Saturday , July 24 2021
Home / Noah Smith
The author Noah Smith
Noah Smith
Noah has been a finance professor at SUNY Stony Brook, an economics PhD student at the University of Michigan, an academic editor in Japan, and a physics major at Stanford. He is currently hard at work on solving all the problems of the world. So don't be surprised when all your problems suddenly vanish.

Noah Smith

Rabbit = Good Friend (or, how to take care of rabbits)

Rabbits make great friends. Unfortunately, rabbits are not as popular of a pet as they ought to be, thanks to two big misconceptions. Let's start out by busting these myths. Myth #1: Rabbits can't be litter trained. In fact, most rabbits are really easy to litter-train. Just put the litter box next to the hay feeder, and they will train themselves. Here's my setup: There are a few exceptions, just like with cats, but in general this isn't something you have to worry about. ...

Read More »

Why Kevin Williamson is wrong about poverty and bad behavior

I recently wrote a post at Bloomberg Opinion arguing that "bad behavior" - drug use, violence, single parenthood, and idleness - is not the main cause of poverty in advanced nations. As evidence, I cited the country of Japan, which has extremely low rates of drug use, violence, single parenthood, and idleness, and yet which has a poverty rate almost as high as that of the U.S., and significantly higher than those of wealthy European countries. Since Japan has so little bad behavior and...

Read More »

The Middle Eastern Thirty Years War?

I know sweeping historical analogies are silly, but I've always been partial to the analogy between the Middle East's recent decades of war and the Thirty Years War of early modern Europe. So let's run with that and see where it takes us.The Thirty Years' WarIn the early 1600s, most of Europe was involved in a gigantic war (which really lasted more than 30 years if you count other associated wars). A good history is C.V. Wedgwood's creatively named classic, The Thirty Years War.Most...

Read More »

Examining an MMT model in detail

What is MMT, the heterodox economic theory that has captivated Alexandria Ocasio-Cortez, made its way into the Green New Deal discussion, and inspired dozens of thinkpieces and critiques? What does it say? How can we tell if it's a good theory or a bad one? These are incredibly important questions. Thanks to Ocasio-Cortez and the Green New Deal, MMT has very quickly gone from an obscure heterodox idea to one of the most potentially influential and important theories in all of...

Read More »

Where should Americans live if they live abroad?

I'm a huge fan of living abroad, and I think many more Americans should do it. Living in a big, rich country with relatively few other countries nearby, Americans don't tend to travel overseas much. And of course, a great many don't have the economic opportunity to do so. I think there should be government programs that help young Americans travel and live abroad, and I think more charities, religious organizations, and other nonprofits should focus on helping people go overseas.In a...

Read More »

Guest post: Roy Bahat on Uber, Lyft, and the future of work

Roy Bahat is the head of Bloomberg Beta, a venture capital firm focused on the future of work. In this guest post, he explains what he thinks is wrong with the way the "ride sharing" companies treat their workers.____________________________________________________________________ AS GOES UBER, SO GOES THE NATION HOW MIGHT IT LOOK TO NEGOTIATE A “TREATY OF SILICON VALLEY?” Roy Bahat Lyft could go public as soon as this week, with Uber tailgating. For either to succeed, they have to stop...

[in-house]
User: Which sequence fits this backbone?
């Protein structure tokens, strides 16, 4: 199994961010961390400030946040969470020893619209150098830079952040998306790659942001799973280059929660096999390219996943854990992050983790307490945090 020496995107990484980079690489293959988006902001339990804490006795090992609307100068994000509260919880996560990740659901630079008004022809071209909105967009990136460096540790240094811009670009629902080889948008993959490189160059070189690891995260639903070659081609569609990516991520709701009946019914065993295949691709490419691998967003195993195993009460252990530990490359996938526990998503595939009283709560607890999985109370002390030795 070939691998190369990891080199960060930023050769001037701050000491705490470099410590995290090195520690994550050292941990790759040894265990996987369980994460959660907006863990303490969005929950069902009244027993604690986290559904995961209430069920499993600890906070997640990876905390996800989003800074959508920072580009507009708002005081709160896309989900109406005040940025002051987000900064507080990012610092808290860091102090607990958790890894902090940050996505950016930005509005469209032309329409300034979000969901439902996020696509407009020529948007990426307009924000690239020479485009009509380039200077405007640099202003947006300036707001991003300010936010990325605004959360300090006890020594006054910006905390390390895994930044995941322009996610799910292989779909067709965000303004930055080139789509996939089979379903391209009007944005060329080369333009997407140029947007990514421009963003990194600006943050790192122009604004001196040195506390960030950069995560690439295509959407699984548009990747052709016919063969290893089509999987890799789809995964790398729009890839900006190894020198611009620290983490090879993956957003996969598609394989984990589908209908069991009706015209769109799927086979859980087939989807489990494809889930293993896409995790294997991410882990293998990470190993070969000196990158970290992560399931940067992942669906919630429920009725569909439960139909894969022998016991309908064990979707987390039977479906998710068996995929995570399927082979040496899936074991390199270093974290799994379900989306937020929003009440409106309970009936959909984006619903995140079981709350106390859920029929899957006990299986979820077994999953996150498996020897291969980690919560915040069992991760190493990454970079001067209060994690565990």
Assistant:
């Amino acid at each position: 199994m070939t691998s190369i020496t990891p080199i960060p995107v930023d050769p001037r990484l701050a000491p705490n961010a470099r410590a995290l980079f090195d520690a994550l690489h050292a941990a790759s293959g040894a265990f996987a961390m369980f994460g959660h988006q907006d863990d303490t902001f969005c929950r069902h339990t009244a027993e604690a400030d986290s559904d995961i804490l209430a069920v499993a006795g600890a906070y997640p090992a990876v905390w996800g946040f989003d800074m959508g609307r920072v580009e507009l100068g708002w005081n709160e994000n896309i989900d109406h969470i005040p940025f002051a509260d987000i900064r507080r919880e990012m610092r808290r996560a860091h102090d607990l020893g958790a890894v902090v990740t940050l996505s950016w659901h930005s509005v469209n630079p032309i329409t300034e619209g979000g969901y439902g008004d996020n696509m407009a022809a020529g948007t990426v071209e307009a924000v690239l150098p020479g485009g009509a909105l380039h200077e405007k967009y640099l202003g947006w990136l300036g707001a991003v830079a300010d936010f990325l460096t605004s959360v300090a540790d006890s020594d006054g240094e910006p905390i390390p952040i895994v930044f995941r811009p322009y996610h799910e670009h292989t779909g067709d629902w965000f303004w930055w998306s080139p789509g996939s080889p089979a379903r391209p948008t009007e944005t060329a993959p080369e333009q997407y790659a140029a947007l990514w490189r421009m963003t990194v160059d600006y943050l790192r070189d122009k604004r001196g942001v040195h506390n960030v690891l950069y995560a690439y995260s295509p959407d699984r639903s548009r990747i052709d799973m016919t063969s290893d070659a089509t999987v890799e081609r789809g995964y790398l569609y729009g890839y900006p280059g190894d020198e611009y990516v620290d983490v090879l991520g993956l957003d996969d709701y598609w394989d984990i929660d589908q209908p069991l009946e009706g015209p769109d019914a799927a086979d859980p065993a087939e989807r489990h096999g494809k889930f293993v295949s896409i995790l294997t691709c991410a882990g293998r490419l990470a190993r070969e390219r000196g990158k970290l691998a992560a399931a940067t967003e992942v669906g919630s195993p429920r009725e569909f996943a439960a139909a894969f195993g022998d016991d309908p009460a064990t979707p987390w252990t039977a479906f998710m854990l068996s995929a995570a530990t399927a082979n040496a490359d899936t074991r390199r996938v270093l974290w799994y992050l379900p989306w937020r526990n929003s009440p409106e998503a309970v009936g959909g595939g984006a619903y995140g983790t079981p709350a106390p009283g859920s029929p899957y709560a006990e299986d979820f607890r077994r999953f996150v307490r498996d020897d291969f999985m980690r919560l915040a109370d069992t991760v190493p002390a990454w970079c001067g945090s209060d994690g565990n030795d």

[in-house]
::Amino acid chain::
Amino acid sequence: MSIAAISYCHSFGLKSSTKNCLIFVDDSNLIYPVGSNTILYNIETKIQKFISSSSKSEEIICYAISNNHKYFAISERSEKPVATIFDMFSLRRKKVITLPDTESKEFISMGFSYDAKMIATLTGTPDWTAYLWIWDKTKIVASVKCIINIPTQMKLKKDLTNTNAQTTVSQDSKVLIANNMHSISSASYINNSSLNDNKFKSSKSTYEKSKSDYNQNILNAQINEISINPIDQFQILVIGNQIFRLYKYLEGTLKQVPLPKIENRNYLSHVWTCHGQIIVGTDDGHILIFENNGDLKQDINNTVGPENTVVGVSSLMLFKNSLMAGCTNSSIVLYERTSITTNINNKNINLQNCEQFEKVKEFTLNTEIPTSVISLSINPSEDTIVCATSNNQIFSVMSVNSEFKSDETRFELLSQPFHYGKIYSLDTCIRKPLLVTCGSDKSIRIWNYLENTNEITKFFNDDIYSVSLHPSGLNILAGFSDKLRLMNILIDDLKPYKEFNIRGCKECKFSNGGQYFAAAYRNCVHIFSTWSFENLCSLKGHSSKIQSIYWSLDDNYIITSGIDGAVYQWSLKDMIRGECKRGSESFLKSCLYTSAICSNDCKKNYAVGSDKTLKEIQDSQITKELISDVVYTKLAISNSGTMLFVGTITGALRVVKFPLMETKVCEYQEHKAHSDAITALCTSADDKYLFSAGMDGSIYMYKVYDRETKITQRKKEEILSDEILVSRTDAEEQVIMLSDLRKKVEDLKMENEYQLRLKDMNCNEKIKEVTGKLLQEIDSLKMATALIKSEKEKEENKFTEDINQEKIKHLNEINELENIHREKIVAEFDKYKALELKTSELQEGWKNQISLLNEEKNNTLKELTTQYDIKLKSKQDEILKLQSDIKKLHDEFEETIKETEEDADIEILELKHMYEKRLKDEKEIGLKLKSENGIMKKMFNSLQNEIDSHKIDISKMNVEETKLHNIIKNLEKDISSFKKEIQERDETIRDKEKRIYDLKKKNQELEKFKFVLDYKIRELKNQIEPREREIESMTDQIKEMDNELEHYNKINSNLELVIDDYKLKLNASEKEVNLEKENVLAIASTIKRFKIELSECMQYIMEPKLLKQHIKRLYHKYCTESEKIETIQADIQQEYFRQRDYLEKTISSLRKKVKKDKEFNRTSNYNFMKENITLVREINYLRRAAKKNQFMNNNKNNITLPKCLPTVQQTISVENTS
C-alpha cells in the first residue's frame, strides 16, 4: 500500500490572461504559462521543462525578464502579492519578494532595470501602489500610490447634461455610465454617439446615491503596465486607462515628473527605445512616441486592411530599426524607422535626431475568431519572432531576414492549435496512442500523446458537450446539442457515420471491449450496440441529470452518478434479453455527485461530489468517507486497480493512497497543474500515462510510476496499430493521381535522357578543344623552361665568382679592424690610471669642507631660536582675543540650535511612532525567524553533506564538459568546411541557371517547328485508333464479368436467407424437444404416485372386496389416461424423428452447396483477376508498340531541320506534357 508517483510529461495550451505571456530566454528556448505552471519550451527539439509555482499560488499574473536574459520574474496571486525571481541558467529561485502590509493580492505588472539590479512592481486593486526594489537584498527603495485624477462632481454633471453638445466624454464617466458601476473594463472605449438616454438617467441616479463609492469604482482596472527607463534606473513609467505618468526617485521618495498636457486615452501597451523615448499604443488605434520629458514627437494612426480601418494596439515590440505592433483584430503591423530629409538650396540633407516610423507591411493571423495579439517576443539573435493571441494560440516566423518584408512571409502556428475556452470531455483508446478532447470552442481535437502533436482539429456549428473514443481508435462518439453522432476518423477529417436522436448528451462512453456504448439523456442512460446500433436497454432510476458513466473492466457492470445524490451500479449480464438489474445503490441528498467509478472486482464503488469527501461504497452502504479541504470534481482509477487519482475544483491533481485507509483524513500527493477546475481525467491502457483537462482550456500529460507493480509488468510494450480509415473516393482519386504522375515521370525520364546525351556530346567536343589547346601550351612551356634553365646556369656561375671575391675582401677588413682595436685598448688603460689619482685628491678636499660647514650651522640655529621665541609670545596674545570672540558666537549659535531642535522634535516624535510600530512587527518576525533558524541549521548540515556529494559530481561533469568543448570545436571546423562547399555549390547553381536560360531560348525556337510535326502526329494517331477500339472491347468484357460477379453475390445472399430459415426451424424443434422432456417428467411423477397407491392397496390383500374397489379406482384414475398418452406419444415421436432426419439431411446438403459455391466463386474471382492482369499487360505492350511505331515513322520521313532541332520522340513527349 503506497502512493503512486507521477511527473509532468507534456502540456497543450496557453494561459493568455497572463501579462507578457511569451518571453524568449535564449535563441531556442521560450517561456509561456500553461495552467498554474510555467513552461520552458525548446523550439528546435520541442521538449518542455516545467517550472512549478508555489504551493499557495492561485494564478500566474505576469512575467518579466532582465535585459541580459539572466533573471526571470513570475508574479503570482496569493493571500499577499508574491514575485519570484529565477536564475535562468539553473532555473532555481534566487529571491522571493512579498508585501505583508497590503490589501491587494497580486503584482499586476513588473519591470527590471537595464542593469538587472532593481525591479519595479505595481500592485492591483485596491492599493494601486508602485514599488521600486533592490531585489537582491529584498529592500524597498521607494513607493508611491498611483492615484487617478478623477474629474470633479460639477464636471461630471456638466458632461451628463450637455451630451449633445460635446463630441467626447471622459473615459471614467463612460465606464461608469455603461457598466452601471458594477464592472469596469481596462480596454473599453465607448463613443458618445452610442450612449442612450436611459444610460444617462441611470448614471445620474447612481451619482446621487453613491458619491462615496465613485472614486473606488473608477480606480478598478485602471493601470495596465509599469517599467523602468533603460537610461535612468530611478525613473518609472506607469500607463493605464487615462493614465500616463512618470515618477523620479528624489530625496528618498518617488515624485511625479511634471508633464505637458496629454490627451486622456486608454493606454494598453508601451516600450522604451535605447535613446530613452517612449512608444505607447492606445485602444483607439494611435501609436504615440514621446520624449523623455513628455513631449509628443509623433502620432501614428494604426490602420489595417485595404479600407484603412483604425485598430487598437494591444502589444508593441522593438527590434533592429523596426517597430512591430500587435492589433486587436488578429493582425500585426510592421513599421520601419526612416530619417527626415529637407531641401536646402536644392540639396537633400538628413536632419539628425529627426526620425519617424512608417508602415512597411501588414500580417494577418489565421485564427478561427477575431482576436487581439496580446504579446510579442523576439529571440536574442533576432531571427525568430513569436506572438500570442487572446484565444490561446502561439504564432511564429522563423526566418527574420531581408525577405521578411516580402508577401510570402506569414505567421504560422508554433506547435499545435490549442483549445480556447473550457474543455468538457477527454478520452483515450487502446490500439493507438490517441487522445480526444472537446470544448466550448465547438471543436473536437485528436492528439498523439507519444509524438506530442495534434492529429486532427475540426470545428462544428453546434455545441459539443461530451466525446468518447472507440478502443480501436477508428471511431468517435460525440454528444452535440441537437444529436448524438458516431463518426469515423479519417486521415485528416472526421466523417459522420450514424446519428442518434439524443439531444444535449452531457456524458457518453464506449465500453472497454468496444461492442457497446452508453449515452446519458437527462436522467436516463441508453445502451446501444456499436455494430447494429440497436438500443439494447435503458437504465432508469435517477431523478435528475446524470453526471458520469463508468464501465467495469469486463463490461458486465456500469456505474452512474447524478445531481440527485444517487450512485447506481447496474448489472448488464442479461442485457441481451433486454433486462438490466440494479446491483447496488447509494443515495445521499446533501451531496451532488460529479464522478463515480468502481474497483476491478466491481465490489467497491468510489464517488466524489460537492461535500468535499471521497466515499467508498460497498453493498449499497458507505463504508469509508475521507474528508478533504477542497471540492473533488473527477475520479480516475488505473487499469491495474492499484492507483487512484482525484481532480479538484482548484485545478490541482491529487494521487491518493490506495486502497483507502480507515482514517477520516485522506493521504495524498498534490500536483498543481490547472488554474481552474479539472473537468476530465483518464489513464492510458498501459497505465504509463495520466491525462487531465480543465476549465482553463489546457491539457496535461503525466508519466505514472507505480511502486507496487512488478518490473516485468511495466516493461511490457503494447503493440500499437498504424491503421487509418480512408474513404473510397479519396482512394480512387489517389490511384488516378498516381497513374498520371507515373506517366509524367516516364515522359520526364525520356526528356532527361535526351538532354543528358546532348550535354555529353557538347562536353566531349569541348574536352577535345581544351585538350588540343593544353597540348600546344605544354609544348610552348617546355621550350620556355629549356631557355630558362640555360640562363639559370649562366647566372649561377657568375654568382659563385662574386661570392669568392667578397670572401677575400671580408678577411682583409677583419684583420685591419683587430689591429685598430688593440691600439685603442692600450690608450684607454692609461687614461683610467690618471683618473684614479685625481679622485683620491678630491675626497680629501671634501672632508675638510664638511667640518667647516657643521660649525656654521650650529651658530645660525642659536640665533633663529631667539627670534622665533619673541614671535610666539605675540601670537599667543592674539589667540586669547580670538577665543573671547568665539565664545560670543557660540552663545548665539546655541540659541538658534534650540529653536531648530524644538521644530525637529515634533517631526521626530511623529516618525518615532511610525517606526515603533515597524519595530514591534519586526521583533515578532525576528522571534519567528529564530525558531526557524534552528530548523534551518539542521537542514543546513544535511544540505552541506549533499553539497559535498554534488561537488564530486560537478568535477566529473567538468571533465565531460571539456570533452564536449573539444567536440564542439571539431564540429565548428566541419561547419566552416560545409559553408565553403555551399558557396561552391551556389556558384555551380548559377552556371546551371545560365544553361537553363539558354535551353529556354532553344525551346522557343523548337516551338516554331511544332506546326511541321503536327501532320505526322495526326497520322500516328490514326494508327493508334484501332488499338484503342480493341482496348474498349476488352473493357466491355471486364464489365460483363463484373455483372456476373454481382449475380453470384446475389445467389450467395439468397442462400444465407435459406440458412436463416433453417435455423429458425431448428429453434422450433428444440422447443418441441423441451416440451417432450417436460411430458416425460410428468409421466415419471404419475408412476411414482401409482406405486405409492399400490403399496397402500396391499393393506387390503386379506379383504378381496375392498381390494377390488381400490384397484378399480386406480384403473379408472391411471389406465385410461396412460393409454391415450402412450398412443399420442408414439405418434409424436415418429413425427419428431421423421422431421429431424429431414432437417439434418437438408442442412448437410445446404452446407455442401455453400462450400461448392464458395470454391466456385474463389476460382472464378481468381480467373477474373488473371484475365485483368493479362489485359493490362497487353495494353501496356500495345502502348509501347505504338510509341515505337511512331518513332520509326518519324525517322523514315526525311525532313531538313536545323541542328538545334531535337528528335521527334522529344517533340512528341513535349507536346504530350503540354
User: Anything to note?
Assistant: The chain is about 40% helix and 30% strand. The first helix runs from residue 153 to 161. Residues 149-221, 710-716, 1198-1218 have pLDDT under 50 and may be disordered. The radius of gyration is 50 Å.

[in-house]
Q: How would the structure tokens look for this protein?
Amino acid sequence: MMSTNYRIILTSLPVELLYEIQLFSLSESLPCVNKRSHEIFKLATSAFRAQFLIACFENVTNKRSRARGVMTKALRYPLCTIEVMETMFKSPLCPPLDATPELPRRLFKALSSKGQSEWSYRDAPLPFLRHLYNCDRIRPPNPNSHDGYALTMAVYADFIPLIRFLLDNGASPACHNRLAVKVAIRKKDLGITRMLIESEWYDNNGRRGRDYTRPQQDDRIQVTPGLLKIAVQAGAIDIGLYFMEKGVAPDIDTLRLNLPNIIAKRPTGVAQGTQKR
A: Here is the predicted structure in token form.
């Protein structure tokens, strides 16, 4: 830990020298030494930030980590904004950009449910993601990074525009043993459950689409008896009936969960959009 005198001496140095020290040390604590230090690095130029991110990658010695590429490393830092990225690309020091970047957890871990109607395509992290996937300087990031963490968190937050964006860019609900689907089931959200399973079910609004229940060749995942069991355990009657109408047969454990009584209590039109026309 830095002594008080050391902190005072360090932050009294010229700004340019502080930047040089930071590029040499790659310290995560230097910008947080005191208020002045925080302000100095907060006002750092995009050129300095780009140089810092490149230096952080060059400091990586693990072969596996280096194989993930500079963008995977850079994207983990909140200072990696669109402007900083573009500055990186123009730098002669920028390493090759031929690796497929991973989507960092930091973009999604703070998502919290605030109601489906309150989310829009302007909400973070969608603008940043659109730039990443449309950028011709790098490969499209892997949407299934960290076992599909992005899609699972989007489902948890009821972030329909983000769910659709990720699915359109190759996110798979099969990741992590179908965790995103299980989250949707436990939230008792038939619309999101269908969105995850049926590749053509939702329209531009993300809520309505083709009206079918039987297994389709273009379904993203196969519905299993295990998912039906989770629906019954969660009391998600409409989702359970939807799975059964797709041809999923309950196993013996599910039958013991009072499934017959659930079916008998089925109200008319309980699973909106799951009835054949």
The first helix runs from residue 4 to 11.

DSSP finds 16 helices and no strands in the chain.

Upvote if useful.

Read More »

A proposal for an Alternative Green New Deal

Usually, Bloomberg Opinion understandably does not want me to repost my Bloomberg articles at this blog. But they made an exception for my Alternative Green New Deal plan. So here it is.*** The planet is in grave danger from climate change. No reasonable person can doubt this fact. Drastic and immediate action is needed to reduce global carbon emissions. But that doesn’t mean that any sort of drastic action is a good one. The Green New Deal, proposed by Representative Alexandria...

Read More »

Book Review: The Revolt of the Public, by Martin Gurri

If you do not read "The Revolt of the Public and the Crisis of Authority in the New Millennium," by Martin Gurri, you will not be sufficiently prepared for the world to come. Well, you probably won't be anyway. No one will! But this book brings together a startling number of important threads of contemporary politics, geopolitics, public affairs, and media, and weaves them into a coherent, comprehensible, and very plausible narrative. And it does so far better than any other book, blog...

Read More »

Book Review: “The Souls of Yellow Folk,” by Wesley Yang

"He was ugly on the outside, and once you got past that you found the true ugliness on the inside." - Wesley Yang, "The Face of Seung-Hui Cho"Wesley Yang is not here to make you feel comfortable. He's here to find your most vulnerable places, and then, methodically, to poke you in those places. To pierce the veil of optimism that you use to get through your days. To make you think thoughts like: What if nobody really loves me? What if nobody really loves anybody? What if your failures...

Read More »